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KPTJ Submission to the National Dialogue and Reconciliation Team, October 19, 2011
This submission will first consider key issues of concern which we believe require the action of the KNDR panel. It will then comment on decisions reached on other agenda items. We conclude this submission with a section outlining emerging threats which we believe have the capacity to undermine social stability.
In our view the key issues of concern at the current time are:
- Constitutional implementation;
- The ICC process;
- Institutional preparedness for the next election, and in this regard progress on reforms of the security sector and the judiciary; and
- Significant emerging threats.
We note that:
- Parliament passed 15 Bills in the last month of the August 27 deadline, whereas during the previous 11 months since the referendum, only 11 bills were passed. The main reasons for the delay in the process of drafting the bills are the lack of a strategic and focused approach, poor coordination between and among various actors, interference and rollback attempts from vested interests and lack of commitment to constitutional implementation. This has had a negative impact on the quality of many of the bills passed, leaving them open to further legal challenges.
- There are constant attempts at exploiting gaps in the emerging laws and the constitution in order to reverse the gains and achievements made since the referendum. In undertaking its mandate on the legislative agenda, The Commission on the Implementation of the Constitution (CIC) faced some challenges, which impacted on its effectiveness. The challenges include the late submission of draft bills to the CIC and substantive amendments to draft bills after the contents have been mutually agreed upon between the Attorney General, Kenya Law Reform Commission, the line Ministries and stakeholders without further reference to the CIC.To its own disadvantage, the CIC’s attempts to secure excessive salaries have publicly undermined its legitimacy. The Salaries and Remuneration Commission has yet to be established.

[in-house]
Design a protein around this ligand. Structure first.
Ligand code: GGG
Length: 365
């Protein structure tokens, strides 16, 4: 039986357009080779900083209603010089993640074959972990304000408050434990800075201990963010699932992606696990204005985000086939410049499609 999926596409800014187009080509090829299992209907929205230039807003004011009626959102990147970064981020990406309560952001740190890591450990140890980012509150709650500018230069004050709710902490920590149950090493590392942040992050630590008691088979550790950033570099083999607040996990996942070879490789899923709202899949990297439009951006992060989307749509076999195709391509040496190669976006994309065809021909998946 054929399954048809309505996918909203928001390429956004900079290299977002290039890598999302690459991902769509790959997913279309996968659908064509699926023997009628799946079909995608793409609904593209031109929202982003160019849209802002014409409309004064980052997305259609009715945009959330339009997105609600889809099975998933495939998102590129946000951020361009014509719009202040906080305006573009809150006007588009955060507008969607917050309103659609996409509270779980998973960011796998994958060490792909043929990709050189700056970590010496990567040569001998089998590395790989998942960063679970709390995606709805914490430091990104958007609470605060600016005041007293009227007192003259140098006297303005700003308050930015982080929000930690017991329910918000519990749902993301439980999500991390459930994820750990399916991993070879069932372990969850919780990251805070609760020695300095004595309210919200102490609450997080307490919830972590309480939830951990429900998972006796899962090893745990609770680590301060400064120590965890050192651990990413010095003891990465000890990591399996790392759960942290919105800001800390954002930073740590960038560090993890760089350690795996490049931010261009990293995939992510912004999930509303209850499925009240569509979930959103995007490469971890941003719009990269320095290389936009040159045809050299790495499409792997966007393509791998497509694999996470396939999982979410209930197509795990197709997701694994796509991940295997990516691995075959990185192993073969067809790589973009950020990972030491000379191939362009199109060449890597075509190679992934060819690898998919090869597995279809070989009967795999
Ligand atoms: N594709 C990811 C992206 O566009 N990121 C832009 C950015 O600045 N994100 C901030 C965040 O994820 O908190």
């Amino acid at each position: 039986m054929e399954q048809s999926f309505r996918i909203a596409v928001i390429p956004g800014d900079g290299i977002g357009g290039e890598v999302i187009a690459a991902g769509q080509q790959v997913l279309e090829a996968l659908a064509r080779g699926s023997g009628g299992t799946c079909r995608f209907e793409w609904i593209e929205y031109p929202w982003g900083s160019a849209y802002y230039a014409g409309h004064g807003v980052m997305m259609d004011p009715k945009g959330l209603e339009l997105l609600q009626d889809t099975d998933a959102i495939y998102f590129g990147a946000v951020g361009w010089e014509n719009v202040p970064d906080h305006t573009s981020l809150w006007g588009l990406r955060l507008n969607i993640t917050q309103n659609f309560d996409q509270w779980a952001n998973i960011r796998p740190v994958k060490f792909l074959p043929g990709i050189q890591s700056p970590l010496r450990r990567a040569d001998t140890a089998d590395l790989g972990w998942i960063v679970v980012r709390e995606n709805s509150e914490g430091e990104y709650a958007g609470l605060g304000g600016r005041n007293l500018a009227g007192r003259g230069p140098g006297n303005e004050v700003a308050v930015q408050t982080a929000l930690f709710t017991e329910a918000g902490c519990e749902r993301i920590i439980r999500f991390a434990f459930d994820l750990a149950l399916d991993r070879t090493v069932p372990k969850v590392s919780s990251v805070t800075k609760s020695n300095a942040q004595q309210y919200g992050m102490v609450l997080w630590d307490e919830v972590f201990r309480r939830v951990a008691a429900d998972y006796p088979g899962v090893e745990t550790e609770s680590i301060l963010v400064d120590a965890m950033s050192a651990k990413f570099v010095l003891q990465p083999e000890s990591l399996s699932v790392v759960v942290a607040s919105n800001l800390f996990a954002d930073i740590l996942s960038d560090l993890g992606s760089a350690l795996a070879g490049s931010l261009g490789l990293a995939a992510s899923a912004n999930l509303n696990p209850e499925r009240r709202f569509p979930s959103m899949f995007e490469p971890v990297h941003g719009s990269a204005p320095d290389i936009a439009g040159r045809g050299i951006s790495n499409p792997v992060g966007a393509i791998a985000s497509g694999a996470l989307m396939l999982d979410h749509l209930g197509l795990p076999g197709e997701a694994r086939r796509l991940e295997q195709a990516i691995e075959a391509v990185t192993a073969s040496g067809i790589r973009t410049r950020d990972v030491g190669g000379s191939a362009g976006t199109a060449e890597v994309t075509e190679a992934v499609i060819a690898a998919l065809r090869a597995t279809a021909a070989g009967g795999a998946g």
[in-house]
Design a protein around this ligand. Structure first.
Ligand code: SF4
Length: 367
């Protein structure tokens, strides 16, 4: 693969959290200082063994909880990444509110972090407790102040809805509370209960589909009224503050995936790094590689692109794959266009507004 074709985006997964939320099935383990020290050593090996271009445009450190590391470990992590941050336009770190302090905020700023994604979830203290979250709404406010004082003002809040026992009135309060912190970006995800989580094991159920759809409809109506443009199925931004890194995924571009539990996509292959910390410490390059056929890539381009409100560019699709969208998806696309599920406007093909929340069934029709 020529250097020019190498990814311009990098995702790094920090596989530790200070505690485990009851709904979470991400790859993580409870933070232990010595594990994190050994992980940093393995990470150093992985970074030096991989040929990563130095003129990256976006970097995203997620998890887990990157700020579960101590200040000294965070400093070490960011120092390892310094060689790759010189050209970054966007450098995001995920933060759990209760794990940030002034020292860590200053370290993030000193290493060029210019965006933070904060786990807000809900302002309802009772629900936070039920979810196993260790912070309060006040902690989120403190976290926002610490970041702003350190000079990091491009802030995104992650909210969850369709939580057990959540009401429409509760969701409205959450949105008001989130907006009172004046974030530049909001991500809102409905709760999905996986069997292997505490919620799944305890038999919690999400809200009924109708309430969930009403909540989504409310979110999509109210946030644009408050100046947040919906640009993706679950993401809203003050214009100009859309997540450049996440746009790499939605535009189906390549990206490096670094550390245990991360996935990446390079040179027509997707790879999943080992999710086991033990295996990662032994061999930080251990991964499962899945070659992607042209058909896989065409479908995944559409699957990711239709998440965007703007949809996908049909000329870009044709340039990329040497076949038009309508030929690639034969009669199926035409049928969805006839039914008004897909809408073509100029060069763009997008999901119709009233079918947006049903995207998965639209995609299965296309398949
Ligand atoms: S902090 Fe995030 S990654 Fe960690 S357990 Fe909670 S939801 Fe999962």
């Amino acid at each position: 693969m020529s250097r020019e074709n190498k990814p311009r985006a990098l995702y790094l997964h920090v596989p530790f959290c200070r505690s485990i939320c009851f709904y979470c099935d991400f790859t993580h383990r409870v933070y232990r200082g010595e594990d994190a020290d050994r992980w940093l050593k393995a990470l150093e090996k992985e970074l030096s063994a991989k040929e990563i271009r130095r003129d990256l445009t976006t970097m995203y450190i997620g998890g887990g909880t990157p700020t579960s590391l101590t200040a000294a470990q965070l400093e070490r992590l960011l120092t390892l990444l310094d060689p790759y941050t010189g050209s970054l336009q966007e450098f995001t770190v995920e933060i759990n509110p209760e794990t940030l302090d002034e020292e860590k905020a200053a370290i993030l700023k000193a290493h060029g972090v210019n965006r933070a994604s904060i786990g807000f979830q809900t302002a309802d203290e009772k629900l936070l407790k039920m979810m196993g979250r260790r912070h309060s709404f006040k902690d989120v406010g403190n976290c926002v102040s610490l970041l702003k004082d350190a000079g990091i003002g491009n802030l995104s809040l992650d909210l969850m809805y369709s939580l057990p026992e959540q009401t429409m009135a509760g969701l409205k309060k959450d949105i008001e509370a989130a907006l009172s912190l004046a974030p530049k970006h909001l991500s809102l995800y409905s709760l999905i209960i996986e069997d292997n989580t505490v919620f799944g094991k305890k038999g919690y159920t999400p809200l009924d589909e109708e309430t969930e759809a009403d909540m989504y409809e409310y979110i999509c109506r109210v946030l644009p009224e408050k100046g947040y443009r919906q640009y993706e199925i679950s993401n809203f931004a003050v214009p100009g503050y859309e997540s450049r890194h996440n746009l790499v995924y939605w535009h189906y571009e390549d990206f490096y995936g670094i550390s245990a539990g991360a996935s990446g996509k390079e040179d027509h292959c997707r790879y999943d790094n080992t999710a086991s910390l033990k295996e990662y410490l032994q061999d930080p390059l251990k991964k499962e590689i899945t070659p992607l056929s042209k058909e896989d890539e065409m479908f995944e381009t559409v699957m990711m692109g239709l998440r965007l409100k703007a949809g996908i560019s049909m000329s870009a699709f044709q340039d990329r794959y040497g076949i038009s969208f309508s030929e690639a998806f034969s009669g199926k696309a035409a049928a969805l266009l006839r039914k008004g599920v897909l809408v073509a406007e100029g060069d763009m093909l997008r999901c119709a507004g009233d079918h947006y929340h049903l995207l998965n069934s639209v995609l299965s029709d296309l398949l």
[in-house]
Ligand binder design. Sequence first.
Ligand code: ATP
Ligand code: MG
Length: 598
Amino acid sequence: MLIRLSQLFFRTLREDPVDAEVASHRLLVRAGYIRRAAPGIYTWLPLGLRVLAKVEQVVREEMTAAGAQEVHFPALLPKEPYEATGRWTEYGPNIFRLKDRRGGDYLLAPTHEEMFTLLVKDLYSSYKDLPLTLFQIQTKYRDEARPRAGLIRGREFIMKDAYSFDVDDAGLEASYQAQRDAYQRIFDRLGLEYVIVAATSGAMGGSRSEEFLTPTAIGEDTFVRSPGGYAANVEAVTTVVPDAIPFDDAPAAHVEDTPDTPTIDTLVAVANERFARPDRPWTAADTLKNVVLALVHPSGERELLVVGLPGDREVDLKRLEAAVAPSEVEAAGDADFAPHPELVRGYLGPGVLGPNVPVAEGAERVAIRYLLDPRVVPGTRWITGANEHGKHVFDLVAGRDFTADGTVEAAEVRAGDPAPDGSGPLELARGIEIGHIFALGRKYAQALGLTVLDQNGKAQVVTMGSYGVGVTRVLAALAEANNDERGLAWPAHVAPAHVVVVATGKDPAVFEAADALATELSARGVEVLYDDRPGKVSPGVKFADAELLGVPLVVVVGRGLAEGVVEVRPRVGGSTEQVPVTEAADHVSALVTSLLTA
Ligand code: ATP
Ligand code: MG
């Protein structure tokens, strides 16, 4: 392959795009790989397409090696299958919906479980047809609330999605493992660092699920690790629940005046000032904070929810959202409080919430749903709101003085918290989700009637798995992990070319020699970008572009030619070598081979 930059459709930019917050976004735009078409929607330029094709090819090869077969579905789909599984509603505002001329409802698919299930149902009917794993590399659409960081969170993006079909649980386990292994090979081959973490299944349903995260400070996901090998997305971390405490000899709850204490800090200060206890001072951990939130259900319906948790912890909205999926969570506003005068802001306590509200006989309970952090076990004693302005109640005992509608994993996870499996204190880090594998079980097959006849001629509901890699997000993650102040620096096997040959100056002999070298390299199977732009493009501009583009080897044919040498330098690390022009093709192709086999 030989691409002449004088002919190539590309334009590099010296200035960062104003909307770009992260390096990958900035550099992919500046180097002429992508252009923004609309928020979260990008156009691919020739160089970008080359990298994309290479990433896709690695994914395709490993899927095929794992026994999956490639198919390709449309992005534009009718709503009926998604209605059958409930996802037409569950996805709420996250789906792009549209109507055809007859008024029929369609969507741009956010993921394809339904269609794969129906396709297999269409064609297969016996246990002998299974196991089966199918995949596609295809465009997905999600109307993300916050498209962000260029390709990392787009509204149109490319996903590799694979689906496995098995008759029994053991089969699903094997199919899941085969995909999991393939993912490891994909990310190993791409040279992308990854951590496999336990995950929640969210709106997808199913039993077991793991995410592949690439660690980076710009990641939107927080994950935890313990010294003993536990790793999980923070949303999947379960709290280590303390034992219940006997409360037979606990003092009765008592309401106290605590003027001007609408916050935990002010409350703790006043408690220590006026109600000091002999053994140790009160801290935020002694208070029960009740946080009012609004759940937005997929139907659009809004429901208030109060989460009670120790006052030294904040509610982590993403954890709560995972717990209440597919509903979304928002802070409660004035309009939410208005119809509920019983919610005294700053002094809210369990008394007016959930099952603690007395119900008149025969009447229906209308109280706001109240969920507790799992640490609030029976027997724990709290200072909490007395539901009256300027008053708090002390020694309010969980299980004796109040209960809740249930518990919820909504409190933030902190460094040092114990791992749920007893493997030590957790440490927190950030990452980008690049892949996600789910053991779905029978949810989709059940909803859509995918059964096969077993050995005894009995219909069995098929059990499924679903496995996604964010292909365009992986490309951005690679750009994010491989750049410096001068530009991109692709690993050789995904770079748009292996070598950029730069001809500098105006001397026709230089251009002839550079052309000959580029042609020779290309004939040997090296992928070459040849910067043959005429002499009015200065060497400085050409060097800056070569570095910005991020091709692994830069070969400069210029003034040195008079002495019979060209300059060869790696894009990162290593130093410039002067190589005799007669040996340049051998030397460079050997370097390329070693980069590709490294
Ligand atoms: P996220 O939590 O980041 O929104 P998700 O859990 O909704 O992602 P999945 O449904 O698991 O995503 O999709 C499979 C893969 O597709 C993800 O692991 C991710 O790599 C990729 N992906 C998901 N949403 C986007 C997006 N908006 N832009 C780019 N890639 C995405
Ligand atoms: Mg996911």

- The resources entailed in implementing the constitution and funding the stipulated institutions requires significant additional resources from an already overburdened government. This has been exacerbated by the extravagant approach to the establishment of new institutions and commissions and the setting of salary scales. The overly liberal approach to the implementation of the constitution and the establishment and financing of commissions’ means that government will have increased recourse to borrowing to cover recurrent expenses. Insufficient resources will mean that hobbled commissions and constitutional bodies, which cannot deliver on their mandates will breed disenchantment. This could lay and has laid ground for amendments of the constitution on seemingly rational grounds (such as those accompanying the arguments on the electoral date), which are actually aimed at undermining it. Vigilance alone will not be enough to counter this threat.
- The CIC has been vocal in attempting to ensure that the constitution is implemented as envisioned. However, the Commission has faced major challenges in asserting its constitutional role vis a vis Parliament and the Executive. A case in point is the unconstitutional enactment of the County Emergency Fund Act 2011 and the National Government Loans Act. Additionally, the Executive and Parliament have persistently ignored the CIC’s advisory opinions on unconstitutional provisions in important bills e.g. those pertaining to elections and political parties, which are critical factors in light of the importance of holding credible elections.
- The new institutions enacted by the constitution are labouring under capacity constraints and are not firmly anchored by supportive policies. In addition, access to information and participation by the public as required by the constitution has been extremely uneven. These principles have not been clearly set out within government culture, policy and procedures. Positive examples of public participation are the judicial appointments and the IEBC interviews.
- It is necessary to insist on government support for, and recognition of, the role of the Commission on the Implementation of the Constitution. It is necessary to point out that the government needs to push not only for the enactment of legislation, but for the development of policy frameworks and capacity building in the new institutions.